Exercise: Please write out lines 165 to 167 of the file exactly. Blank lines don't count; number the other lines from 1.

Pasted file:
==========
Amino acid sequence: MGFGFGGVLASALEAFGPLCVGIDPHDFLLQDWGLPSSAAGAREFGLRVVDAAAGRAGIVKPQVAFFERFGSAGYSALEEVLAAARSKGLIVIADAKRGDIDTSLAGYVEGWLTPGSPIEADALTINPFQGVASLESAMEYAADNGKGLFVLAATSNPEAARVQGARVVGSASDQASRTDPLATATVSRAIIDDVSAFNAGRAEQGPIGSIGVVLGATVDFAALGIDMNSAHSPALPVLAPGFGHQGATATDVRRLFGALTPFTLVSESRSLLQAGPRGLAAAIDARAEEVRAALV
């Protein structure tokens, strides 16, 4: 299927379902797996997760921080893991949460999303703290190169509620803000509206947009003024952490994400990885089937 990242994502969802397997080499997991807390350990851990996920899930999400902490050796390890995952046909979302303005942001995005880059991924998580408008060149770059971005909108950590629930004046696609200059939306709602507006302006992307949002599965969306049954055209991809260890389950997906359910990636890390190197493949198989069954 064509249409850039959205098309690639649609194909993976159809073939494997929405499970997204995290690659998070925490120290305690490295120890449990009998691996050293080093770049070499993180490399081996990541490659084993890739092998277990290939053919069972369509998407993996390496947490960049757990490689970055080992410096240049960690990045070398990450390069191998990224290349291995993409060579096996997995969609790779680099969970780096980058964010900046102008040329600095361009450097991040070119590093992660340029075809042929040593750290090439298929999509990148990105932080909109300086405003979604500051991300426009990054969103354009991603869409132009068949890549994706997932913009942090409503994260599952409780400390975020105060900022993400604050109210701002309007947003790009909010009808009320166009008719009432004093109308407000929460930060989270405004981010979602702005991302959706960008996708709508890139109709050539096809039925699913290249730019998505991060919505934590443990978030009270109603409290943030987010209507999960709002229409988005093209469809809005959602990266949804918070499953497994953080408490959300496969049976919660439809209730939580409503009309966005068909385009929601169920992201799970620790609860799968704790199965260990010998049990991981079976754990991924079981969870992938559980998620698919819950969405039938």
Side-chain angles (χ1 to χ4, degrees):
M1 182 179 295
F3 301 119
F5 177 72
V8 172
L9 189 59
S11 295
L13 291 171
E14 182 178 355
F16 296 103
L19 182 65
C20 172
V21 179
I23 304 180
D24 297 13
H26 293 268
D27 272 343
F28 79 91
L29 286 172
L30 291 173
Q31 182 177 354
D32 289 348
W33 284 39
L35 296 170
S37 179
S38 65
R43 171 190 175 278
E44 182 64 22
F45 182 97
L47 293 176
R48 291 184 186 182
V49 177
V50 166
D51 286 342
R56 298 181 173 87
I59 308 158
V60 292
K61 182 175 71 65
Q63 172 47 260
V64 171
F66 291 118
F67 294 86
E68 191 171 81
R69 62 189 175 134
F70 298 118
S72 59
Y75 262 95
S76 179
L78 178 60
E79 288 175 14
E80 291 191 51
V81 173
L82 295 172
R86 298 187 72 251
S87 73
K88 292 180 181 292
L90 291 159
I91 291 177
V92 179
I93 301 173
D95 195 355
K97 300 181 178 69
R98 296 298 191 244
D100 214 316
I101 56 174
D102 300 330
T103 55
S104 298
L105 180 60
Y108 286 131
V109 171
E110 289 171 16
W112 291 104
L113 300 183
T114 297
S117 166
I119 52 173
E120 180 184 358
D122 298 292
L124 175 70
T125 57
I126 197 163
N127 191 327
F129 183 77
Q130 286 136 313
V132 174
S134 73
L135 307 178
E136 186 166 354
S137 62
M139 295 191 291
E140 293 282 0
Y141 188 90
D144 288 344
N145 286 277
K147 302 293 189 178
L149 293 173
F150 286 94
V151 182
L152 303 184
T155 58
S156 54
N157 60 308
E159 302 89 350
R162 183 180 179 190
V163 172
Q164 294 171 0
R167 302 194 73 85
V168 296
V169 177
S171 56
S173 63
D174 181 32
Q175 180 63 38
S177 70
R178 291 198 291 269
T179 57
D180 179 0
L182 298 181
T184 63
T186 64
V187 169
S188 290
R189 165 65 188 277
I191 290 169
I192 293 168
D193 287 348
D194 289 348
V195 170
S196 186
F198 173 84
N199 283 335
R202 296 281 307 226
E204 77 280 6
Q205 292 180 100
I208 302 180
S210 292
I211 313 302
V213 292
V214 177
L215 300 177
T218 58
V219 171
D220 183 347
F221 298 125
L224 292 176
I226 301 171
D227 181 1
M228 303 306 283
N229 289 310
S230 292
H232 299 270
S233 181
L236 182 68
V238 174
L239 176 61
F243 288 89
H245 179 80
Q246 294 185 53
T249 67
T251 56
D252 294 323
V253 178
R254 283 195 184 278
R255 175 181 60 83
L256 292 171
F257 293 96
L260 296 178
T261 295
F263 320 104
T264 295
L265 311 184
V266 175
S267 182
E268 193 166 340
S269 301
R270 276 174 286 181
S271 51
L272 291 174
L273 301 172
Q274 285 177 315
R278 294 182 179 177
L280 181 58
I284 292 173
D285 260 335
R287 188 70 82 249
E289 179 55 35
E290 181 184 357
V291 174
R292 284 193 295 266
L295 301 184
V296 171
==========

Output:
V253 178
R254 283 195 184 278
R255 175 181 60 83